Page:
The hot topic on most parents’ minds these days is finding the digital balance for their kids. No matter what age their children are – from toddlers to teens – parents continue to grapple with finding a healthy balance between screens and switching off. Researchers from the Royal Children’s Hospital Melbourne have called on the government to update national guidelines for child screen usage, with new research from the Australian Child Health Poll finding current guidelines do not equate to usage needs of children and the changing face of digital technologies. Research lead author and pediatrician Dr Anthea Rhodes said guidelines for screen use in children were last updated in 2014 and new recommendations may help parents set realistic rules Click here to continue reading.
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Bullying among young students in Australian primary schools is having damaging effects on their academic performance, according to new research from the Murdoch Children’s Institute. The institute’s latest research has found one third of boys aged 8-9 years are experiencing bullying on a weekly basis at school. In comparison, one quarter of girls the same age are also victims of frequent bullying. Researchers used unique methods in their research, looking at child-reported bullying and using NAPLAN results as markers for academic achievement. MCRI’s Dr Lisa Mundy said bullying was most common during primary school as children entered the “juvenile phase of development” prior to puberty. “This is the stage where peers become more important to kids and they start to Click here to continue reading.
There is an app for everything – including those targeted at teens to make ‘friends’ at the swipe of a button, track peoples movements and communicate anonymously. Parents struggle to learn about these constantly evolving and new apps and how to monitor their teens’ use of them. Kik, Yellow, Spotafriend, WebKinz, Snapchat, Omegle, Yik Yak, Burn Note, Instagram, Line – the list of apps teens are using to communicate with friends and the wider world online is seemingly endless and always changing depending on peer use, media coverage, parental knowledge and app capabilities. The key concern is how teens as young as 12 years of age are engaging with strangers online. Without the correct controls set on the apps they Click here to continue reading.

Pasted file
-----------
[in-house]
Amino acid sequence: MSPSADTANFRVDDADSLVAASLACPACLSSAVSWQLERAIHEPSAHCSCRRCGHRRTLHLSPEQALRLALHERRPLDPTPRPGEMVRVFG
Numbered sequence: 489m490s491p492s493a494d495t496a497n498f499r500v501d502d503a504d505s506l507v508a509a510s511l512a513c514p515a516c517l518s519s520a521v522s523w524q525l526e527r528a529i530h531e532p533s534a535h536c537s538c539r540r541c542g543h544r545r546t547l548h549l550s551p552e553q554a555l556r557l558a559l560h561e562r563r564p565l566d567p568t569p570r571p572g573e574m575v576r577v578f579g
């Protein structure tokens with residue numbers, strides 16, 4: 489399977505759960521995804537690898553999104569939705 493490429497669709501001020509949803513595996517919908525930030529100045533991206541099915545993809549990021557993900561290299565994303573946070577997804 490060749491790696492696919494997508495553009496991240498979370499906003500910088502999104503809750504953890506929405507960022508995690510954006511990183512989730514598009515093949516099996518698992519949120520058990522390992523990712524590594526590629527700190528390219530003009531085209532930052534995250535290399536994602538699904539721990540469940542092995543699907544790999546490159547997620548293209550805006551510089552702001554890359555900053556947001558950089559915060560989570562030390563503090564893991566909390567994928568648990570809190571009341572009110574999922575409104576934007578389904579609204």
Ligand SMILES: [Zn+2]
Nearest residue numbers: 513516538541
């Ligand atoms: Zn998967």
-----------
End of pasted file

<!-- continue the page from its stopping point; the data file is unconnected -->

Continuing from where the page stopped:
It’s the official halfway point of the 2017 school year, a perfect time for parents to review how their son’s learning is progressing and how to tackle any issues. Boys and engagement don’t always go hand-in-hand in the classroom and with recent figures showing one in four students quietly disengage in the classroom setting parents need to gain perspective of their sons’ learning environments and whether their boys are active participants in their own education. Disengagement from the classroom can happen at any age, from the youngest of learners not wanting to fill in worksheets of numbers, letters and words to older students struggling to see the point of learning activities with no obvious relevance to their day-to-day life. Passively deciding Click here to continue reading.
Video game playing can change the brain, making gamers more attentive and heighten visual perception according to the latest review into research. Scientists collected and summarized results from more than 115 research projects on video games from across the globe, finding research suggested game use could result in changes to the brain regions responsible for attention and visuospatial skills and make them more efficient. The Frontiers in Human Neuroscience Journal recently published the scientists’ findings. Lead author Marc Palaus said with sensationalist claims by the media in the past about the negative effect of video game use he and his colleagues wanted to try to determine whether there was scientific evidence of brain changes. “Games have sometimes been praised or Click here to continue reading.